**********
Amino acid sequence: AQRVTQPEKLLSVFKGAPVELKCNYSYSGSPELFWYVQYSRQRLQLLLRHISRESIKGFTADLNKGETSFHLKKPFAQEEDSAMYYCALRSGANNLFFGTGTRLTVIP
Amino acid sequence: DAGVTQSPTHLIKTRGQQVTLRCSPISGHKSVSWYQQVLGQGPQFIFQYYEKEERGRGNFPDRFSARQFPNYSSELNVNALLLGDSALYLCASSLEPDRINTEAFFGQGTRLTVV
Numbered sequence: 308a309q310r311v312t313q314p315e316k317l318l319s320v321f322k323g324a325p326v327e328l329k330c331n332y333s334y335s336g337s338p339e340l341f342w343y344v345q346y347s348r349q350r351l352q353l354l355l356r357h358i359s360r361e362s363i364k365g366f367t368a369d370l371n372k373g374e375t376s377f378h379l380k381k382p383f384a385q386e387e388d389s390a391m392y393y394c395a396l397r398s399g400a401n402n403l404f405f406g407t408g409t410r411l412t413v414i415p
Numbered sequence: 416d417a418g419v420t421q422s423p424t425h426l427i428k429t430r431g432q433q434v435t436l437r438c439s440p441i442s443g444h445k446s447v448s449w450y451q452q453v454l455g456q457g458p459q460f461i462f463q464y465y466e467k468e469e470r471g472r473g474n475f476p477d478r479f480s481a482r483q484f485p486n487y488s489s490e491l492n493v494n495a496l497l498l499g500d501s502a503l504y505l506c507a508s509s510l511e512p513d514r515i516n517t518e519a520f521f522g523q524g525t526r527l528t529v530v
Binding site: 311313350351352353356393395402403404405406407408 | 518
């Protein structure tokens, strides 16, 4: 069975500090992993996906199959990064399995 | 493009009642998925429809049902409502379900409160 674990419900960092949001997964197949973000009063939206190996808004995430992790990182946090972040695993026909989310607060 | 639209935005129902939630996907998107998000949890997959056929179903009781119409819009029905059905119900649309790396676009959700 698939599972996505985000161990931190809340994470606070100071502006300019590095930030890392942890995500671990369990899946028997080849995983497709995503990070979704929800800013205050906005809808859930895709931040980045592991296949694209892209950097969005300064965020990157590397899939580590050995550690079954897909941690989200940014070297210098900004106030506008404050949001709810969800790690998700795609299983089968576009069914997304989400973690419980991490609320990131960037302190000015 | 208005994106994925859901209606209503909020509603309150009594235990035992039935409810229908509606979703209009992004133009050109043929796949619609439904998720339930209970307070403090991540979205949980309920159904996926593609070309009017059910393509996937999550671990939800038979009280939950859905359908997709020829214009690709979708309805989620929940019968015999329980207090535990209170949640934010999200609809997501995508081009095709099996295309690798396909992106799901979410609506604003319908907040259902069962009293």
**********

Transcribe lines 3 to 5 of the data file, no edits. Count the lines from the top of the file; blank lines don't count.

Numbered sequence: 308a309q310r311v312t313q314p315e316k317l318l319s320v321f322k323g324a325p326v327e328l329k330c331n332y333s334y335s336g337s338p339e340l341f342w343y344v345q346y347s348r349q350r351l352q353l354l355l356r357h358i359s360r361e362s363i364k365g366f367t368a369d370l371n372k373g374e375t376s377f378h379l380k381k382p383f384a385q386e387e388d389s390a391m392y393y394c395a396l397r398s399g400a401n402n403l404f405f406g407t408g409t410r411l412t413v414i415p
Numbered sequence: 416d417a418g419v420t421q422s423p424t425h426l427i428k429t430r431g432q433q434v435t436l437r438c439s440p441i442s443g444h445k446s447v448s449w450y451q452q453v454l455g456q457g458p459q460f461i462f463q464y465y466e467k468e469e470r471g472r473g474n475f476p477d478r479f480s481a482r483q484f485p486n487y488s489s490e491l492n493v494n495a496l497l498l499g500d501s502a503l504y505l506c507a508s509s510l511e512p513d514r515i516n517t518e519a520f521f522g523q524g525t526r527l528t529v530v
Binding site: 311313350351352353356393395402403404405406407408 | 518